Pharmacy Benefit Managers: Part of the solution to high drug prices
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Recently, three changes in the health care terrain collided to raise new concerns over rising drug prices: the advent of new high-priced “wonder drugs” like Sovaldi; revelations that Turing Pharmaceuticals and others bought the rights to low-cost drugs in order to re-price them at higher levels, and the enrollment of millions in the new ACA Exchange high-deductible plans, which enabled consumers to see the real price of drugs, not just the copays.

Amidst this political storm, some drug companies have chosen to dodge questions on their own pricing strategies by pointing fingers at the pharmacy benefit managers (PBMs) which employers, health plans, unions and government programs hire to negotiate discounts from manufacturers and others in the drug supply chain. This is a diversionary tactic designed to confuse the media and lawmakers about how pharmacy coverage works.  It’s important to provide some context and set the record straight.

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Modern pharmacy benefit management emerged in the 1990s as a wave of new blockbusters came to market and the FDA opened the door to direct-to-consumer advertising.  As utilization and costs skyrocketed, so did demand among payers for new PBM strategies to promote generics, more affordable brand options, 90-day home delivery and other consumer-friendly, cost-savings tools.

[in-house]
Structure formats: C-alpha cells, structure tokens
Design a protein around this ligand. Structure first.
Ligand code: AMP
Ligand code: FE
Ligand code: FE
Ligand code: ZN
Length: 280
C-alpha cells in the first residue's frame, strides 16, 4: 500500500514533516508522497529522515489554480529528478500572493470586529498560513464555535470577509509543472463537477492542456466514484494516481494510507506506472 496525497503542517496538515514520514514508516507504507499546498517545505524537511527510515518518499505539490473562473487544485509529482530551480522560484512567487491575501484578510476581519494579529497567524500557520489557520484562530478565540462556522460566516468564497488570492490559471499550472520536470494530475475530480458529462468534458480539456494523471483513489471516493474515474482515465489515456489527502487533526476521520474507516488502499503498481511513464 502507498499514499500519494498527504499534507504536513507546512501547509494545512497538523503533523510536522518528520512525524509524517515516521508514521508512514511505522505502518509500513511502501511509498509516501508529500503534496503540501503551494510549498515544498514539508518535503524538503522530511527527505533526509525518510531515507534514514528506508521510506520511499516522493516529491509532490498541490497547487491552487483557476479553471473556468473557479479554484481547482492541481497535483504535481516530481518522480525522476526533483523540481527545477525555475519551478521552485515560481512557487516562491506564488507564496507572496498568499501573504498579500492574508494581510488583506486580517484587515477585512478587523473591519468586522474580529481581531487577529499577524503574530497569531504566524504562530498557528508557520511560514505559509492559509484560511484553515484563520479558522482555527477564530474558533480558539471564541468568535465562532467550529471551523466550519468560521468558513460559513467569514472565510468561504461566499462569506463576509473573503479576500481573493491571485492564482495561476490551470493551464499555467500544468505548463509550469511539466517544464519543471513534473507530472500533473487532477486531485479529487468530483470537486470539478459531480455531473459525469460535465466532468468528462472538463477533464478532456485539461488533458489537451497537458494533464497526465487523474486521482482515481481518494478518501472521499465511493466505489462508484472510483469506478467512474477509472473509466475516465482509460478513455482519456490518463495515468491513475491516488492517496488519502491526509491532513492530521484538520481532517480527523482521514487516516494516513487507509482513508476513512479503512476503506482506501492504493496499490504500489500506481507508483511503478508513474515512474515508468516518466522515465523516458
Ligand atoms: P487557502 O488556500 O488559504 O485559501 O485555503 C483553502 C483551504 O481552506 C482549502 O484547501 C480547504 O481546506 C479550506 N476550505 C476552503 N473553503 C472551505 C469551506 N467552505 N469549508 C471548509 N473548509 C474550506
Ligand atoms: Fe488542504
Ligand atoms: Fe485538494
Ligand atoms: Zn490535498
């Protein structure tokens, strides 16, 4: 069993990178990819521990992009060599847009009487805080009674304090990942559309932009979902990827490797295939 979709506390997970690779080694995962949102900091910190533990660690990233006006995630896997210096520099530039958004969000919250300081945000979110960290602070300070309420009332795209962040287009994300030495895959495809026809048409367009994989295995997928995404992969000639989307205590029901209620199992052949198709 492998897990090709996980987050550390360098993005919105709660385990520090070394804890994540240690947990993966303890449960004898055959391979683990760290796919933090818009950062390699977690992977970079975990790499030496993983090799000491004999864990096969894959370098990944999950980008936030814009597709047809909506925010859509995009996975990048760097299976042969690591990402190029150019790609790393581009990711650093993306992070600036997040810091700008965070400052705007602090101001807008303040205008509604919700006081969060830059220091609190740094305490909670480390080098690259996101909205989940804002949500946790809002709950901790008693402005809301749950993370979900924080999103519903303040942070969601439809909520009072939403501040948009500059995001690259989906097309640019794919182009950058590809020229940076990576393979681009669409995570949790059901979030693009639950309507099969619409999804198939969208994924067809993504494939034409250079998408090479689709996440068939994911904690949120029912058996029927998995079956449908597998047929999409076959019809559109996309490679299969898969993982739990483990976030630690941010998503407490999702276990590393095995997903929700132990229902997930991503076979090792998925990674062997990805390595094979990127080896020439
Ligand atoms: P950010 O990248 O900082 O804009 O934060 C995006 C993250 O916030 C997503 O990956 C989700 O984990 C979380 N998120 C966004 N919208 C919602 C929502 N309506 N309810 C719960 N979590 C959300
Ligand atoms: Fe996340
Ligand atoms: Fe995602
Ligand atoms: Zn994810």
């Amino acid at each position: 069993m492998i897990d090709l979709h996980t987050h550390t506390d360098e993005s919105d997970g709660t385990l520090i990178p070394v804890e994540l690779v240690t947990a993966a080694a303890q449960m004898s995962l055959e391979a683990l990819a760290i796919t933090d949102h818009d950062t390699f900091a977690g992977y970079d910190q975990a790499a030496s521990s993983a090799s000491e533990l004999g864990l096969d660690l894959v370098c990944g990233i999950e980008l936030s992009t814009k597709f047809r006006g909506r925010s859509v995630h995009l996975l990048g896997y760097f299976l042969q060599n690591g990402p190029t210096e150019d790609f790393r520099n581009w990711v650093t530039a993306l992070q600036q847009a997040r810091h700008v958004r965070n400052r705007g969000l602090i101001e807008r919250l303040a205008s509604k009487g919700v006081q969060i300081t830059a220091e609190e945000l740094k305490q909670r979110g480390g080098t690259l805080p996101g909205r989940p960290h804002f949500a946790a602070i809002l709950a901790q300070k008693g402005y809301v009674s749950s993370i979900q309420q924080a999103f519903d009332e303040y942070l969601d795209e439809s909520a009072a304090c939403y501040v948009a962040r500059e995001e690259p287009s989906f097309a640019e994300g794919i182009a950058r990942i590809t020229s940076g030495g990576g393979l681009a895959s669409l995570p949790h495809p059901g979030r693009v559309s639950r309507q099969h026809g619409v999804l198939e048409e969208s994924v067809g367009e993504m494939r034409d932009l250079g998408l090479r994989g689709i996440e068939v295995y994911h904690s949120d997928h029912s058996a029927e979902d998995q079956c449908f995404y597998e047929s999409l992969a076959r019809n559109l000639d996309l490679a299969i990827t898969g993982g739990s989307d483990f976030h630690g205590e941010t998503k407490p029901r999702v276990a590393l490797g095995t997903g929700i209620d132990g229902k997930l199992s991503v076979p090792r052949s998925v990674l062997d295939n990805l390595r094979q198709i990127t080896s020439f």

As these practices became more pervasive and successful in the commercial market, public programs took notice.  In 2003, the popular Medicare Part D program adopted a similar approach, relying on PBMs and health plans to develop competing coverage options for seniors to choose from.  Part D is the rare public program that’s popular with consumers and cost-effective, coming in below original cost projections year after year.

The competition-based PBM approach has been highly successful, yielding broad access to prescription drugs and 90% consumer satisfaction rates.  A recent study shows PBMs are on track to reduce prescription drug coverage costs by $654 billion over the next decade for government and commercial payers. 

Not all manufacturers are pleased with the emergence of PBMs since much of the savings they generate is the result of aggressive negotiations with drugmakers.  As political scrutiny on drug pricing increased over the past year, the drug industry has responded by trying to convince lawmakers there’s not actually a “pricing problem” but a “coverage problem.”  They make three basic arguments.

First, they blame employers and others that provide coverage for implementing cost-sharing strategies to restrain premium increases.  They argue this is the cause, not the effect of rising prices for drugs and other medical expenses.